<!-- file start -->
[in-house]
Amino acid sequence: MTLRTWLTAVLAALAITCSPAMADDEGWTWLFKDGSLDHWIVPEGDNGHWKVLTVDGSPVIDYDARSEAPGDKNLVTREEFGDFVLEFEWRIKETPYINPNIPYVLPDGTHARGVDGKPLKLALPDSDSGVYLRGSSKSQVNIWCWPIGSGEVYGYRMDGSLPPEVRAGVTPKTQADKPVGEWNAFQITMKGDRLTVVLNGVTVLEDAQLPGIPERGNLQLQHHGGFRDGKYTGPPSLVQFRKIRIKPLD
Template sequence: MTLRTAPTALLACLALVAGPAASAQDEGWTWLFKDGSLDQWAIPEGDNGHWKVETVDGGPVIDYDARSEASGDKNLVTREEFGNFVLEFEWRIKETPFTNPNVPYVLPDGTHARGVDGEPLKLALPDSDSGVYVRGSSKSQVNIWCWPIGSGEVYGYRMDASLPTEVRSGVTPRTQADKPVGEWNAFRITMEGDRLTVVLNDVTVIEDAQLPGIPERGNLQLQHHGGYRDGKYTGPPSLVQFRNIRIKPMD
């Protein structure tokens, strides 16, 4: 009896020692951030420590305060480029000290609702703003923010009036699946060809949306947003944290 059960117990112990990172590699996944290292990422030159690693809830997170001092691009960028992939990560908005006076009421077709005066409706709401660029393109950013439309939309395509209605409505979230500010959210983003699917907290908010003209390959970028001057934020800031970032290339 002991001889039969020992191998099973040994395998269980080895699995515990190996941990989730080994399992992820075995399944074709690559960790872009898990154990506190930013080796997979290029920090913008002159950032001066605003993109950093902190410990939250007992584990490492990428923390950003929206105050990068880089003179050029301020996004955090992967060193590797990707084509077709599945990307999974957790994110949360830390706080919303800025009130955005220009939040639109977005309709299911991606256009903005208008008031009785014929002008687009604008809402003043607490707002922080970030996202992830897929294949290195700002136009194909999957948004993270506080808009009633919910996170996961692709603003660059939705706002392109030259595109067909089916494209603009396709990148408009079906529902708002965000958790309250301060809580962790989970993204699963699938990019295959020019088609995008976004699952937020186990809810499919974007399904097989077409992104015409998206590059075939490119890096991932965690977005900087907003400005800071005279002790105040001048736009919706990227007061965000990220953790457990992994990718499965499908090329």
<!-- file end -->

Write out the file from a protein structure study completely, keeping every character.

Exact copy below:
[in-house]
Amino acid sequence: MTLRTWLTAVLAALAITCSPAMADDEGWTWLFKDGSLDHWIVPEGDNGHWKVLTVDGSPVIDYDARSEAPGDKNLVTREEFGDFVLEFEWRIKETPYINPNIPYVLPDGTHARGVDGKPLKLALPDSDSGVYLRGSSKSQVNIWCWPIGSGEVYGYRMDGSLPPEVRAGVTPKTQADKPVGEWNAFQITMKGDRLTVVLNGVTVLEDAQLPGIPERGNLQLQHHGGFRDGKYTGPPSLVQFRKIRIKPLD
Template sequence: MTLRTAPTALLACLALVAGPAASAQDEGWTWLFKDGSLDQWAIPEGDNGHWKVETVDGGPVIDYDARSEASGDKNLVTREEFGNFVLEFEWRIKETPFTNPNVPYVLPDGTHARGVDGEPLKLALPDSDSGVYVRGSSKSQVNIWCWPIGSGEVYGYRMDASLPTEVRSGVTPRTQADKPVGEWNAFRITMEGDRLTVVLNDVTVIEDAQLPGIPERGNLQLQHHGGYRDGKYTGPPSLVQFRNIRIKPMD
């Protein structure tokens, strides 16, 4: 009896020692951030420590305060480029000290609702703003923010009036699946060809949306947003944290 059960117990112990990172590699996944290292990422030159690693809830997170001092691009960028992939990560908005006076009421077709005066409706709401660029393109950013439309939309395509209605409505979230500010959210983003699917907290908010003209390959970028001057934020800031970032290339 002991001889039969020992191998099973040994395998269980080895699995515990190996941990989730080994399992992820075995399944074709690559960790872009898990154990506190930013080796997979290029920090913008002159950032001066605003993109950093902190410990939250007992584990490492990428923390950003929206105050990068880089003179050029301020996004955090992967060193590797990707084509077709599945990307999974957790994110949360830390706080919303800025009130955005220009939040639109977005309709299911991606256009903005208008008031009785014929002008687009604008809402003043607490707002922080970030996202992830897929294949290195700002136009194909999957948004993270506080808009009633919910996170996961692709603003660059939705706002392109030259595109067909089916494209603009396709990148408009079906529902708002965000958790309250301060809580962790989970993204699963699938990019295959020019088609995008976004699952937020186990809810499919974007399904097989077409992104015409998206590059075939490119890096991932965690977005900087907003400005800071005279002790105040001048736009919706990227007061965000990220953790457990992994990718499965499908090329």